Eleven Talking Points On 21st Century Socialism By Carl Davidson

1 May, 2009 – SolidarityEconomy.net

resistance.jpgThe current discussion around socialism in left and progressive circles in the U.S. needs to be placed in a more substantive arena. This is an effort to do so. I take note in advance of the criticism that the following eleven working hypotheses are rather dry and formal. But in light of the faux ‘socialisms’ bandied about in the headlines and sound bytes of the mass media in the wake of the financial crisis, especially the absurd claim in the media of rightwing populism that the Obama administration is Marxist and socialist, I felt something a little more rigorous might be helpful. Obviously, criticism and commentary is invited.

1. Socialism’s fundamental building blocks are already present in US society. The means of production, for the most part, are fully developed and in fact are stagnating under the political domination of finance capital. The US labor force, again for the most part, is highly skilled at all levels of production, management, marketing, and finance. The kernels of socialist organization are also scattered across the landscape in cooperatives, socially organized human services, and centralized and widespread mass means of many-to-many communication and supply/demand data management. Many earlier attempts at socialism did not have these advantages.

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Political Lies and Media Disinformation regarding the Swine Flu Pandemic By Michel Chossudovsky

1 May, 2009 – Global Research

What is the flu? Influenza (the flu) is a serious contagious respiratory illness caused by influenza viruses. Millions of people in the United States get the flu each year. Most people are sick for about a week. Some people (especially young children, pregnant women, older people, and people with chronic health problems) can get very sick and may die from the flu. (Centers for Disease Control and Prevention)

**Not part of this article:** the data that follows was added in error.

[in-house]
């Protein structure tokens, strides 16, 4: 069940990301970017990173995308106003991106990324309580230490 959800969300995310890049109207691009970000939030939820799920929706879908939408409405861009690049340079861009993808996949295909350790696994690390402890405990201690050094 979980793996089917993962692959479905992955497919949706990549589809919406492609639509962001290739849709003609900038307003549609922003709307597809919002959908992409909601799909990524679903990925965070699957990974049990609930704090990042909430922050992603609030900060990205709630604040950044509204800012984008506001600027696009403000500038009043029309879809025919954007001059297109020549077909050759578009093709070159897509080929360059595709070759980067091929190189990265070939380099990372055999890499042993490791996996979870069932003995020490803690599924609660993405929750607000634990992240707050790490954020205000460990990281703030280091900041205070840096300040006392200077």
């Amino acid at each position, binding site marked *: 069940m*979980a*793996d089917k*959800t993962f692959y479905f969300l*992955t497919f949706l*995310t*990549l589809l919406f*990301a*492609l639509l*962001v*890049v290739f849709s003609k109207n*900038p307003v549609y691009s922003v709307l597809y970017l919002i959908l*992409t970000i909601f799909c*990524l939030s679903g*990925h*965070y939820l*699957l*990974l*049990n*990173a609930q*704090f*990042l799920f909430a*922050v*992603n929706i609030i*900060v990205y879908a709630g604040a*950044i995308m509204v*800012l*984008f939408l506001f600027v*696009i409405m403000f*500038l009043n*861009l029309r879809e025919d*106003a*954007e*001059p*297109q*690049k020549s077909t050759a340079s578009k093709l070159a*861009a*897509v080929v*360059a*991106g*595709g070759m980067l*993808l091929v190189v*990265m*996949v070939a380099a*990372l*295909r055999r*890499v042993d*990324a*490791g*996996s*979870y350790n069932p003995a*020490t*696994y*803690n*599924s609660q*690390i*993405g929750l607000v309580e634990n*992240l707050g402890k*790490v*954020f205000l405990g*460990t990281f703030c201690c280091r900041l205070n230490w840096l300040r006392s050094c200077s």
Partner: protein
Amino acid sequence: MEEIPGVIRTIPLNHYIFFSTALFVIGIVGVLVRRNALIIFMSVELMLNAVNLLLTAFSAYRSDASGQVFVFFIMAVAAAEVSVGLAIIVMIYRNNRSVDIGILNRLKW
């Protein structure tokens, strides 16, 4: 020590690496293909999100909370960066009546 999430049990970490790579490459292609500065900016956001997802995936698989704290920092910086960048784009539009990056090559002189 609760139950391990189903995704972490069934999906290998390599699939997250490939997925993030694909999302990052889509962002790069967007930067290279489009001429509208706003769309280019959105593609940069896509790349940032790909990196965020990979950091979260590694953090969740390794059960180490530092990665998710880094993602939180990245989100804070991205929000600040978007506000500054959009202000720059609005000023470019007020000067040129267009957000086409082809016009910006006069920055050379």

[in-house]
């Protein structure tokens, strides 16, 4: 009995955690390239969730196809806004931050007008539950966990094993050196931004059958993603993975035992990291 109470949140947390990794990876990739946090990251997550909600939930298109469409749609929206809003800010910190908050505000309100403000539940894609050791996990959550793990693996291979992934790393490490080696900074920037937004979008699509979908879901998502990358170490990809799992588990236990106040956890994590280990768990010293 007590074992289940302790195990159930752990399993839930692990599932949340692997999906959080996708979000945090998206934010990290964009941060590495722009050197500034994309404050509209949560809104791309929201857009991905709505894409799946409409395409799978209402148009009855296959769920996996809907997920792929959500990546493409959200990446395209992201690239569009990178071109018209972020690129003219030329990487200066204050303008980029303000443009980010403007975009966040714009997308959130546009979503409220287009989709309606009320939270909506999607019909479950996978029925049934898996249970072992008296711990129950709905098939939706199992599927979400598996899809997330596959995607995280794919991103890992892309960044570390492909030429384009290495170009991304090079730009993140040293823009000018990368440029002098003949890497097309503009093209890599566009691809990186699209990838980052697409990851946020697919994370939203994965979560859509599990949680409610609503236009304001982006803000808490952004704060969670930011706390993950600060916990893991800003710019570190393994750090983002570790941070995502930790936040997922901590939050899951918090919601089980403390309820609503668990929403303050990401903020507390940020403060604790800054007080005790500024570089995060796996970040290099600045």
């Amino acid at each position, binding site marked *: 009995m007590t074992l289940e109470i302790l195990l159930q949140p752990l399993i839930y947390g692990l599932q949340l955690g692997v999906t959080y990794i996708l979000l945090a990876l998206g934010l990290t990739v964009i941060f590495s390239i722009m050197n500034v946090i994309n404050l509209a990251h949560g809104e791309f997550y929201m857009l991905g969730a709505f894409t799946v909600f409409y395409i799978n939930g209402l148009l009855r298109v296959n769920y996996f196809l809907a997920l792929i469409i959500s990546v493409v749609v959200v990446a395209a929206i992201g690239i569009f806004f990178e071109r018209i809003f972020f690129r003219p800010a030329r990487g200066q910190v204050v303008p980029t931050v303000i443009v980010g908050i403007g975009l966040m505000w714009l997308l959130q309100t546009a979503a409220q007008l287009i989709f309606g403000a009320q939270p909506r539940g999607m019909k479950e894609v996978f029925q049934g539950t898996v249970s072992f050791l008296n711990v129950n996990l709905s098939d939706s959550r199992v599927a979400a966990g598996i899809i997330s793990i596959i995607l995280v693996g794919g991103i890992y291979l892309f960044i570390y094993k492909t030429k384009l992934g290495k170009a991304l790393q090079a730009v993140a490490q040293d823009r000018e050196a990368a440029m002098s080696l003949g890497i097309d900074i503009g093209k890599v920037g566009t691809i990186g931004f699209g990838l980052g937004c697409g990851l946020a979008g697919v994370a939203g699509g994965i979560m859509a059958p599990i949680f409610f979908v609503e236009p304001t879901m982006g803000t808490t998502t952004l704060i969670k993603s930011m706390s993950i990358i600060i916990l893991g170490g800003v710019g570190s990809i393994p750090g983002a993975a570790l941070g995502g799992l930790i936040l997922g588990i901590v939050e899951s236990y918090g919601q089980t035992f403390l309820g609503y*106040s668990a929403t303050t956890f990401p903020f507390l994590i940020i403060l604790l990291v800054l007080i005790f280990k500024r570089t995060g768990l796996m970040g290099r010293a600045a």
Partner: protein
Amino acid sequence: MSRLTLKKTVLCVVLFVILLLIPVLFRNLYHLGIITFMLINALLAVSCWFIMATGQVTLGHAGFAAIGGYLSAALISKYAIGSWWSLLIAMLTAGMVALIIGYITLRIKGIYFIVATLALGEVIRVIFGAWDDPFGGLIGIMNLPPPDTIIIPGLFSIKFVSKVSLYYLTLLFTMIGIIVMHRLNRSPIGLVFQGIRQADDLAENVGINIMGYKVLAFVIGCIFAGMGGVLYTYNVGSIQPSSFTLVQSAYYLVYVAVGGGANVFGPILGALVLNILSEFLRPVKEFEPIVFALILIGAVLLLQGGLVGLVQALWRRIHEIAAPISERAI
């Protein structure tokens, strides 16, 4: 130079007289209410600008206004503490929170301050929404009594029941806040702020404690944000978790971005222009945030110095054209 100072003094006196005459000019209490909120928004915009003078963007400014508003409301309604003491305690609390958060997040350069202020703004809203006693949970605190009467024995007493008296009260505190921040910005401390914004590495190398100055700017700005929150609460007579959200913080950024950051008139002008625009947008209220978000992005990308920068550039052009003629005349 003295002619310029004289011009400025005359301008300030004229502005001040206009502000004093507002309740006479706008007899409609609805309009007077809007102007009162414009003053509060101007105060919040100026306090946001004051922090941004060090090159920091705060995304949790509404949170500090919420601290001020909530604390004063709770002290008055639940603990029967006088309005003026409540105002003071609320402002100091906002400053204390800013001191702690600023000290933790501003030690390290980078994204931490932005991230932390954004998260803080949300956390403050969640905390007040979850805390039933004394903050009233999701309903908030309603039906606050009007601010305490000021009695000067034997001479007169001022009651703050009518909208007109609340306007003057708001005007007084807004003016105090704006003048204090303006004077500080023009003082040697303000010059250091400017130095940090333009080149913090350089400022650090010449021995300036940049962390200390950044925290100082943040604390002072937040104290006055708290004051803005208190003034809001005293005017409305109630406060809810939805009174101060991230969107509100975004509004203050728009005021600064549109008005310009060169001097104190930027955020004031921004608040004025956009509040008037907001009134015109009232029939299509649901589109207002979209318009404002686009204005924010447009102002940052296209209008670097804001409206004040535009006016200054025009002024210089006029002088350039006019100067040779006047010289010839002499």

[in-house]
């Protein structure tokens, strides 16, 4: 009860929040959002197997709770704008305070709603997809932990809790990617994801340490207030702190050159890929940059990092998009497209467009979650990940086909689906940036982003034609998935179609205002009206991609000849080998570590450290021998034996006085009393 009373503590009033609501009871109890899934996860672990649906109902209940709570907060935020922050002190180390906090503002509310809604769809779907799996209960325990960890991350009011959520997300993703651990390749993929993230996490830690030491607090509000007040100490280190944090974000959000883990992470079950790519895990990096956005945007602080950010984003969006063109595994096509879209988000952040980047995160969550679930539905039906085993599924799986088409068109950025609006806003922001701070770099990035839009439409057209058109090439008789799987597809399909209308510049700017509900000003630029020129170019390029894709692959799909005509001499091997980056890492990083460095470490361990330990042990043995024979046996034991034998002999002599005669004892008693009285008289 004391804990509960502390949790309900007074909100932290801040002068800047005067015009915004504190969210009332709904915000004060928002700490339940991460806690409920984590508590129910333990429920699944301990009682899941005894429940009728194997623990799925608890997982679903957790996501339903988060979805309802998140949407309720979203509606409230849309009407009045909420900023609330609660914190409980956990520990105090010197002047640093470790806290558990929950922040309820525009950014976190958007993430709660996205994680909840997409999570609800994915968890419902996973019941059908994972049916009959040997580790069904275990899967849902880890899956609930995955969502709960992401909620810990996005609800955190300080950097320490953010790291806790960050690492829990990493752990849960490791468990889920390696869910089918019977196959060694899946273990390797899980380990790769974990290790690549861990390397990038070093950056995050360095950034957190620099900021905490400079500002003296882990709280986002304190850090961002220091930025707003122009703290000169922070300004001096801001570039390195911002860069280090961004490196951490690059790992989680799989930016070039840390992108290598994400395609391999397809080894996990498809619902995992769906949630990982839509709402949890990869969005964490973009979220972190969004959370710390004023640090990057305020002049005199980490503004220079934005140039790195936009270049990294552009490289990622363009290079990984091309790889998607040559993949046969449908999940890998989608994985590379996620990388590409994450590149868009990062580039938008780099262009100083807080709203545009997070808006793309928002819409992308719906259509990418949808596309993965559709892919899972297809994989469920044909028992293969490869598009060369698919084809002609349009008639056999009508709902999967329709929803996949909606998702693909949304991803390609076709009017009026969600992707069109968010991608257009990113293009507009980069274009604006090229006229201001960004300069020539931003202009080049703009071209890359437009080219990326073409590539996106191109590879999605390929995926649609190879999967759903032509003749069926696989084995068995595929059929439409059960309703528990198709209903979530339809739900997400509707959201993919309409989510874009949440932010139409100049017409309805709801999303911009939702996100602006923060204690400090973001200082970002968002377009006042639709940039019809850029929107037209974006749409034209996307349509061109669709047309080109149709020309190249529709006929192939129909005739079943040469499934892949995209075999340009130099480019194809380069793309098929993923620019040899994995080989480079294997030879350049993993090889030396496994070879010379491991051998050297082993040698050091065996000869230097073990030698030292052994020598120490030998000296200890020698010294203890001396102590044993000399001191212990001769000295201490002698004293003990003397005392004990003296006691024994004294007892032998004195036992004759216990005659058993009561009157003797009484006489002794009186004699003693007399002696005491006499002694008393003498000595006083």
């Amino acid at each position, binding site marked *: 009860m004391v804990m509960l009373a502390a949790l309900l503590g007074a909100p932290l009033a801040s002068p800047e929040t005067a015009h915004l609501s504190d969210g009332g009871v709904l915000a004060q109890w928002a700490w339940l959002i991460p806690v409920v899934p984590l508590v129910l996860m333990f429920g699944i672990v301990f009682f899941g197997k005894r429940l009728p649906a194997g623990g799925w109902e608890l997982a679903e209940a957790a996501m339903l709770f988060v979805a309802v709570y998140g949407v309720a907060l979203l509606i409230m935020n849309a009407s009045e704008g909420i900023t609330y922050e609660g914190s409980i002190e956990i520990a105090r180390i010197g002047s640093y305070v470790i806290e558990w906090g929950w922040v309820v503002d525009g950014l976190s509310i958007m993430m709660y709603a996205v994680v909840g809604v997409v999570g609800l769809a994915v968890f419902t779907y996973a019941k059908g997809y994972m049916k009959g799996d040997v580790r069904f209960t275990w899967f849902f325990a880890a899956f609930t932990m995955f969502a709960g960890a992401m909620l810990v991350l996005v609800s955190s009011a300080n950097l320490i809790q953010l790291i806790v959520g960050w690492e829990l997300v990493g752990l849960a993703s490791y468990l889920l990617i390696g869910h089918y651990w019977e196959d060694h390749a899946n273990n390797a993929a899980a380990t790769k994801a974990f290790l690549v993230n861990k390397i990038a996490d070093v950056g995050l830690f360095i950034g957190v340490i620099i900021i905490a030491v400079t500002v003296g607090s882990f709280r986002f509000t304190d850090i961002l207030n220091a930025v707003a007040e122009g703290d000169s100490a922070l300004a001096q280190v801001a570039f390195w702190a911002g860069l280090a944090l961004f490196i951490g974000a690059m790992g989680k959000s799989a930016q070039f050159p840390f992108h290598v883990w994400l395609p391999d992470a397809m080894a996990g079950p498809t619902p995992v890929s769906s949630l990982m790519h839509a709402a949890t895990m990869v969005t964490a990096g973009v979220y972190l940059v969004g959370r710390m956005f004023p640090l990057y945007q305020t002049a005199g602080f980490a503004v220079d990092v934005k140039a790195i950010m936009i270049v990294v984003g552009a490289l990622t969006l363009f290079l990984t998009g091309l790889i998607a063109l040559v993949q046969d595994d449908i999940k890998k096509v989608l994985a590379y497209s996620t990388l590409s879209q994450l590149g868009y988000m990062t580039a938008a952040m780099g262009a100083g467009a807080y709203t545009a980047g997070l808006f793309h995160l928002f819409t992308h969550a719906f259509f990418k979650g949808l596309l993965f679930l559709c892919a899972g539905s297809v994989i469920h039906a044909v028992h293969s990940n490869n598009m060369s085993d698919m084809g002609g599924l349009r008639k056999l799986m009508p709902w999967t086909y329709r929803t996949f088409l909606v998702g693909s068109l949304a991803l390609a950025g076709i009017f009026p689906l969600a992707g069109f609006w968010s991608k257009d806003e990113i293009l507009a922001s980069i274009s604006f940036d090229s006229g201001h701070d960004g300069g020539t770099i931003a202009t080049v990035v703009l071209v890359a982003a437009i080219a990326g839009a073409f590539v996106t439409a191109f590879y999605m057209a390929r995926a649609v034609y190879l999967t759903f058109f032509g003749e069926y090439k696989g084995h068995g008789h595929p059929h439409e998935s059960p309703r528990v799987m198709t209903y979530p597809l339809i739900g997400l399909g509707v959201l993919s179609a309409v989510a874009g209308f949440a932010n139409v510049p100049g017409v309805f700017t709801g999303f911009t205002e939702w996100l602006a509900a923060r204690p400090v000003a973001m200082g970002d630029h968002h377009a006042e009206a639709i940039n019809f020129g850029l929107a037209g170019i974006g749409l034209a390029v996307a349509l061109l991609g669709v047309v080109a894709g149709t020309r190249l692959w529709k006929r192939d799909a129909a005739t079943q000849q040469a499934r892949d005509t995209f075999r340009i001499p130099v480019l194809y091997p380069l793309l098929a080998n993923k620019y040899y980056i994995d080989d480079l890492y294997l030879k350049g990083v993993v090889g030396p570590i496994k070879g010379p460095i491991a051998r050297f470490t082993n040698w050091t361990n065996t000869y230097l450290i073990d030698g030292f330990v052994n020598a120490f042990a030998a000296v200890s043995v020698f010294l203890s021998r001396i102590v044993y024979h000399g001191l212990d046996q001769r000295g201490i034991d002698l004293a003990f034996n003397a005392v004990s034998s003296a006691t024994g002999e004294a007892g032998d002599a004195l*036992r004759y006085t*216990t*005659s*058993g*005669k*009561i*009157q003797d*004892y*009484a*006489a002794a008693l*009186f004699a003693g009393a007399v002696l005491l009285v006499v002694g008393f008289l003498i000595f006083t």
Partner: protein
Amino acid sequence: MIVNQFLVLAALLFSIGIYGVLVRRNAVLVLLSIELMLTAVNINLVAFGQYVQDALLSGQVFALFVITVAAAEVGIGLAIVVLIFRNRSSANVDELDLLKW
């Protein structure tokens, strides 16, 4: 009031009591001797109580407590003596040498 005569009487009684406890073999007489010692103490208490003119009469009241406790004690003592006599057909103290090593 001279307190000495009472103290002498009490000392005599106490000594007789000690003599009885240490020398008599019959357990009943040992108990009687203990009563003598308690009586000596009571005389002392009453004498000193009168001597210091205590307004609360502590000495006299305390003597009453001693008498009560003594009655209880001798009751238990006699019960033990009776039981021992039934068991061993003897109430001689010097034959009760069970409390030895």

The World Health Organization (WHO) raised its pandemic alert level to Phase 5 on a 6 point scale.

The WHO’s Phase 5 alert means “there is sustained human-to-human spread in at least two countries and that global outbreak of the disease is imminent… It also signals an increased effort to produce a vaccine… Human cases have been confirmed in Mexico, the United States, Canada, Britain, Israel, New Zealand and Spain.” (emphasis added)

According to reports, the WHO took this decision after ” a 23-month-old [child] died [from the swine flu] in Texas after travelling there from Mexico for medical treatment.”

The swine flu was, according to reports, confirmed in 11 states in the US. Health officials at the WHO in Geneva and Washington are quoted as saying that the “spread of the virus is unlikely to stop”.

The media has gone into full gear with little analysis and review of the evidence, focussing their attention on the more than 2400 cases of non-specific influenza in Mexico.

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The Hugo Chavez Show: the other side

25 April, 2009 – Green Left

On April 21, SBS screened two documentaries about Venezuelan president Hugo Chavez and the Bolivarian revolution he is leading. One of them was The Hugo Chavez Show, produced by Frontline, a program on the US-based PBS channel.

Below we reprint a letter from Steve Ellner, professor at the Universidad de Oriente in Venezuela, who is a respected commentator on Venezuelan politics and one of the people interviewed in the The Hugo Chavez Show. His letter was written shortly after the documentary was first screened in the US.

In it he exposes the biased, anti-Chavez nature of the documentary and asks the question: ‘Why is the US media incapable of presenting the other side when it comes to Chavez’s Venezuela?’

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Matthew Thomas Clement, “Energy (and Empire) in World History”

MRZine – Monthly Review


energy.jpgVaclav Smil’s Energy in World History (1994) provides an overview of global changes in human energy use from before the Neolithic Revolution to modern times. In various places in the book, Smil discusses the relationship between energy use and the rise of centers of economic and political power in world history. In explaining what caused the emergence of these great powers, though, Smil argues that it was either their exploitation of energy sources disproportionately available to them or the development of other factors internal to them (e.g., specific cultural values and unique technical innovations). In other words, Smil avoids discussion of the interaction between the rise of imperialism and energy use. In his book, the roles of international exploitation and oppression, carried out by nations like England and the United States, which have consumed and continue to consume vast quantities of energy, are not considered important factors in the changing relationship between human society and energy. By drawing from various other works (e.g., Bagchi 2005; Cronon 2003; Davis 2002), this paper will attempt to correct for Smil’s failure to incorporate a critical international component into his argument.

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